Il fattore d'impatto e le riviste astronomiche


In the years 1998-2001, the IF of two of the main astronomical journals, «Astronomy and Astrophysics» and «The Astrophysical Journal», was underestimated by ISI. The American Institute claimed that the wrong IF was due to the astronomers' bibliographic negligence.
The acronyms used in references (A&A and ApJ) instead of the official abbreviations (ASTRON. ASTROPHYS. and ASTROPHYS. J.) were too short, for ISI optical recognition system, and in the end they turned out to be challenging.
The astronomical community must admit to some bibliographic negligence: references with no final pages or even no titles, variations on the author's name, but the use of acronyms derives from a precise choice. In the 1980s, as a consequence of the increase in the production of astronomical literature, the cost of journals increased dramatically, too. The editors of the main journals tried every solution to contain the expenses, such as increasing the format of their journals while maintaining the same number of pages and also adopting short acronyms.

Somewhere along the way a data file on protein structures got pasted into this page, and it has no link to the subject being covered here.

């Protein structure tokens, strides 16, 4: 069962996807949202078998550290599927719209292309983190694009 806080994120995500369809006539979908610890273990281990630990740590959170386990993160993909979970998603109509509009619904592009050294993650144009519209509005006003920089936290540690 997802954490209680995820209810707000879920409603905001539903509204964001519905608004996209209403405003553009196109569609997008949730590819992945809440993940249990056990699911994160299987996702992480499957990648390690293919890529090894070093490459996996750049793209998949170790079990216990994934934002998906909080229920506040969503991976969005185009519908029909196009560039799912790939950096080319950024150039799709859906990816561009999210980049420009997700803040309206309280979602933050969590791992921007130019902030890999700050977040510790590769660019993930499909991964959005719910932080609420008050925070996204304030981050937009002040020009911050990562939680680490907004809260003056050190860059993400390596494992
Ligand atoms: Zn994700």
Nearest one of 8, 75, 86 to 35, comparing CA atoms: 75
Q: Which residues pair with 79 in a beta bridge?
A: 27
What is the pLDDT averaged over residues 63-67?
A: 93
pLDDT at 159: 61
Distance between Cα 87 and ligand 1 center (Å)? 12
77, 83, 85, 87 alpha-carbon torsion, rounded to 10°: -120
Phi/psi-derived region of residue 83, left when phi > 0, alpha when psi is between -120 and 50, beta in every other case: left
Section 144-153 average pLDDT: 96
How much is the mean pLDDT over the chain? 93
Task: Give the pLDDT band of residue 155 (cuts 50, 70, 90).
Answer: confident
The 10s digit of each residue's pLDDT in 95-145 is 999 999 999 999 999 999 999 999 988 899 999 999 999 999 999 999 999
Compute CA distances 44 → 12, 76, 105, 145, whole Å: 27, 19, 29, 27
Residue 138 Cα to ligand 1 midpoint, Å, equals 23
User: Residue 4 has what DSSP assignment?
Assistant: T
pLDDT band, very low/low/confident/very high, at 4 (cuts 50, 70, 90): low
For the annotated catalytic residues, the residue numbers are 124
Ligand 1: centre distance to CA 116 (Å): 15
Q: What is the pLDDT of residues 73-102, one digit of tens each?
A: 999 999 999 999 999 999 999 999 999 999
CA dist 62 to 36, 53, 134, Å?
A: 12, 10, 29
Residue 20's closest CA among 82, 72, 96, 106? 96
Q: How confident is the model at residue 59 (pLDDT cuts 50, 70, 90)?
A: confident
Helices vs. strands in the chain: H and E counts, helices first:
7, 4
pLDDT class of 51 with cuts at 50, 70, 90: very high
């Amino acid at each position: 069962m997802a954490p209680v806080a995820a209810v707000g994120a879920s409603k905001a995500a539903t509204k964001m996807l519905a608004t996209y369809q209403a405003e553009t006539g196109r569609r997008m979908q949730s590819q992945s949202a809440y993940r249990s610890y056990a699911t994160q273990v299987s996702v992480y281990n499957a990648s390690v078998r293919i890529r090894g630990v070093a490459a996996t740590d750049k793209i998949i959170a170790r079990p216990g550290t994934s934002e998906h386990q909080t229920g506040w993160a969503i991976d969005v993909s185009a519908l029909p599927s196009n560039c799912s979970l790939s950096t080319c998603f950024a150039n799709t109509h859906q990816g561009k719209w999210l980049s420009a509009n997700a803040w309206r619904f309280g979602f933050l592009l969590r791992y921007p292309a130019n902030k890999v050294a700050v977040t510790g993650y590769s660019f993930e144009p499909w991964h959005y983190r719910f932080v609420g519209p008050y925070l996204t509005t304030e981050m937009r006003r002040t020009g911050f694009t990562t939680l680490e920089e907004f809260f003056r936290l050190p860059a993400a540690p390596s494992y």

Nowadays the astronomers, together with the whole scientific community, have a very critical attitude towards the IF as a tool for evaluating research. Their attitude is part of a general criticism towards not-academic publishers and their monopolystic grasp over scientific literature; Barschall's studies about the cost/effectiveness of physics journals showed that some publishers do not fit in a correct relationship between the high price of their products and the real quality of the journals.
The astronomers already have free databases of preprints and scanned articles: the e-print archive of Paul Ginsparg (Los Alamos) and the ADS database, sponsored by NASA. The latter provides the citations to each article.
Since the method to calculate the IF shows frequent faults - such as those happened to «Nature», «Science» and the astronomical journals - the astronomers' autonomistic tendence will probably lead to the production of their own Citation index and Impact factor, free of charge and with no confusion among acronyms.
A final remark: the problems connected with IF and the use of acronyms/abbreviations have been generally studied by astronomers, not by librarians. If the librarians' skills had been involved, they could have provided an useful interface between the authors and ISI.

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